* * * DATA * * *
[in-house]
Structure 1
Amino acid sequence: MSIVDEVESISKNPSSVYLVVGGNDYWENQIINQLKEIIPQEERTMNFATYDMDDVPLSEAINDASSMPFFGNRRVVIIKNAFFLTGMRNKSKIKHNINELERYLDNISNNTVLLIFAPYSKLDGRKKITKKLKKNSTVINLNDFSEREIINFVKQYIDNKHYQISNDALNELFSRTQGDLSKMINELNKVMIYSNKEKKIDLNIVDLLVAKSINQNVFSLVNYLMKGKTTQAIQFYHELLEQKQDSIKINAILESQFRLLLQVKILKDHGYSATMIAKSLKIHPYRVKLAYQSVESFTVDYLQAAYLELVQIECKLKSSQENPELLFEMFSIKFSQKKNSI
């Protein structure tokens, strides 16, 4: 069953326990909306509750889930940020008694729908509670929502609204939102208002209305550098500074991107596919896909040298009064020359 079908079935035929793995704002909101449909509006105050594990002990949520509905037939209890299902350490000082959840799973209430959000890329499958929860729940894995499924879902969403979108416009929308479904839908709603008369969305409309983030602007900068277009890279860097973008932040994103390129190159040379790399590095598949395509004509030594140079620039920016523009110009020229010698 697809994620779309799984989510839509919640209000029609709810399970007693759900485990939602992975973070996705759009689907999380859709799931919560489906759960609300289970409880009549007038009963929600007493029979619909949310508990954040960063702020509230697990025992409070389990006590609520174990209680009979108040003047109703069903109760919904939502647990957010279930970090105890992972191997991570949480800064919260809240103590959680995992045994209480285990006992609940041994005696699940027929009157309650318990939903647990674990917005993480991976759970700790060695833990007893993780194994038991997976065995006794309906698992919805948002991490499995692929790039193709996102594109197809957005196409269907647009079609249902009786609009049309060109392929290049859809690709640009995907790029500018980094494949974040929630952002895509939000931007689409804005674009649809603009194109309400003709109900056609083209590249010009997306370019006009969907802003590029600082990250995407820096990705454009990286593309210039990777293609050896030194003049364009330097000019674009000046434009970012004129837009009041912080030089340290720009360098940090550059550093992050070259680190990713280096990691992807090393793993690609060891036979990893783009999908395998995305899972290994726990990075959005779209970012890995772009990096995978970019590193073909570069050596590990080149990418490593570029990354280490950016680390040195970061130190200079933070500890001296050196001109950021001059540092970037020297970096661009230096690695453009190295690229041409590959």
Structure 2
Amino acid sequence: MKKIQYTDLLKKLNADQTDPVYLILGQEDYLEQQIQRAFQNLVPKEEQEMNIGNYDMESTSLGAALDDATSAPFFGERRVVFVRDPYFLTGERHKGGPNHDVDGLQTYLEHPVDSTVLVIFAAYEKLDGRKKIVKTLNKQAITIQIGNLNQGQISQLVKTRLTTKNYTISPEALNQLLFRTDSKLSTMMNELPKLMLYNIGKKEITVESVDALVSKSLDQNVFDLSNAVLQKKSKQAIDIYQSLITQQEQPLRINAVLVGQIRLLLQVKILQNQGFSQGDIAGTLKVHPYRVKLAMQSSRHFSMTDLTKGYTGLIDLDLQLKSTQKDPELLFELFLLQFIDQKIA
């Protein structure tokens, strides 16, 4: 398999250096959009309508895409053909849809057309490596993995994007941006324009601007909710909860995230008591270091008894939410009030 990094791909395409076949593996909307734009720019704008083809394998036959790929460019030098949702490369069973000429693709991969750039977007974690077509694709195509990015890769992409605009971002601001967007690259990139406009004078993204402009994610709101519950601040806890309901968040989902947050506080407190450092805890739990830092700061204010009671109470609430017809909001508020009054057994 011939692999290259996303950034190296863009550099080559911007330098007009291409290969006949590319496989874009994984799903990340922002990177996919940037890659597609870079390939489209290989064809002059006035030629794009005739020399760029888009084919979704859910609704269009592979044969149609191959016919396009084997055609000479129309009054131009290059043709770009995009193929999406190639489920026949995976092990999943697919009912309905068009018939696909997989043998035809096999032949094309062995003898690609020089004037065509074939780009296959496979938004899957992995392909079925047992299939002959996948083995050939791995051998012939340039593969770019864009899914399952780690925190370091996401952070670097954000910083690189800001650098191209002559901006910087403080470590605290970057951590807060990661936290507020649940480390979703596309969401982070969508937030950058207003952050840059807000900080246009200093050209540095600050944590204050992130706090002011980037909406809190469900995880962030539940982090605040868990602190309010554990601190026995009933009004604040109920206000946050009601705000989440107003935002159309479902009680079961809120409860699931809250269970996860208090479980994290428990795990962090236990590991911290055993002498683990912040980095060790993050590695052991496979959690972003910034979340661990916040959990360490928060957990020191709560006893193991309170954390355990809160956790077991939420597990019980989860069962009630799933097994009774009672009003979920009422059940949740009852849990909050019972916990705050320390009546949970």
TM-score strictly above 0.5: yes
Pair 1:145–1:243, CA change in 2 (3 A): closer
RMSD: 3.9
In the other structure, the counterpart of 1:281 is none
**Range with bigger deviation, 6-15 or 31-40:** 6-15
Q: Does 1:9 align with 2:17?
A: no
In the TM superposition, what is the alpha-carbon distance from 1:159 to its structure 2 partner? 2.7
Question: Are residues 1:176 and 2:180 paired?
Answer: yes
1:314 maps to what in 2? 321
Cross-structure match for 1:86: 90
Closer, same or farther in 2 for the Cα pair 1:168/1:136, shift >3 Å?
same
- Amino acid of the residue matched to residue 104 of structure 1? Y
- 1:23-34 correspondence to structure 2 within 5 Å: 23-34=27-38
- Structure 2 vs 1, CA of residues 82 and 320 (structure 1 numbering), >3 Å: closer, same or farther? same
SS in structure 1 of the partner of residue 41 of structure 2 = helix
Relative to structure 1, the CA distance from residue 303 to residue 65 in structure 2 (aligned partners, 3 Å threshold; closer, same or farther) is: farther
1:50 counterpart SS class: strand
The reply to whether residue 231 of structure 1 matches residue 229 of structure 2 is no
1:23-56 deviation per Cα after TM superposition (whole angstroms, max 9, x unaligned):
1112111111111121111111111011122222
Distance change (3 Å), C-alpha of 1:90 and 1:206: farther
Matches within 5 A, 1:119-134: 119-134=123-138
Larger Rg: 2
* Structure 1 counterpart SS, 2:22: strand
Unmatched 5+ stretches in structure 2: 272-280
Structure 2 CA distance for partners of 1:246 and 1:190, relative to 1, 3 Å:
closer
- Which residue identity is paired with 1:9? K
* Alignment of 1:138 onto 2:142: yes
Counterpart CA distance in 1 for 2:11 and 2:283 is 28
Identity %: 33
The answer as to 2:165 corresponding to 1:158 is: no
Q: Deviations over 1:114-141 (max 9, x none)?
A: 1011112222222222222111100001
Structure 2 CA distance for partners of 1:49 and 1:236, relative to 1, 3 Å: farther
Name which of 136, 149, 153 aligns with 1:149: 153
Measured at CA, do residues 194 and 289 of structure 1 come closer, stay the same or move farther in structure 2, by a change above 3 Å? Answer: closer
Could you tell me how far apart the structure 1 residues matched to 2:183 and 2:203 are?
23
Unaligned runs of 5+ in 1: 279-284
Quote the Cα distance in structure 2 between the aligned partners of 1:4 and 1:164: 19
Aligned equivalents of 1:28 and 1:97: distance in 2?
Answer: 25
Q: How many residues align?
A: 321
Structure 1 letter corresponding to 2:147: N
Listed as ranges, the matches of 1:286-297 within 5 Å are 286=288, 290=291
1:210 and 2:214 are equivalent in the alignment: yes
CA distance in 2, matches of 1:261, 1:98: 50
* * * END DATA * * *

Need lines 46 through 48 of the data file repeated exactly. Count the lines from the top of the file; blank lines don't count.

Name which of 136, 149, 153 aligns with 1:149: 153
Measured at CA, do residues 194 and 289 of structure 1 come closer, stay the same or move farther in structure 2, by a change above 3 Å? Answer: closer
Could you tell me how far apart the structure 1 residues matched to 2:183 and 2:203 are?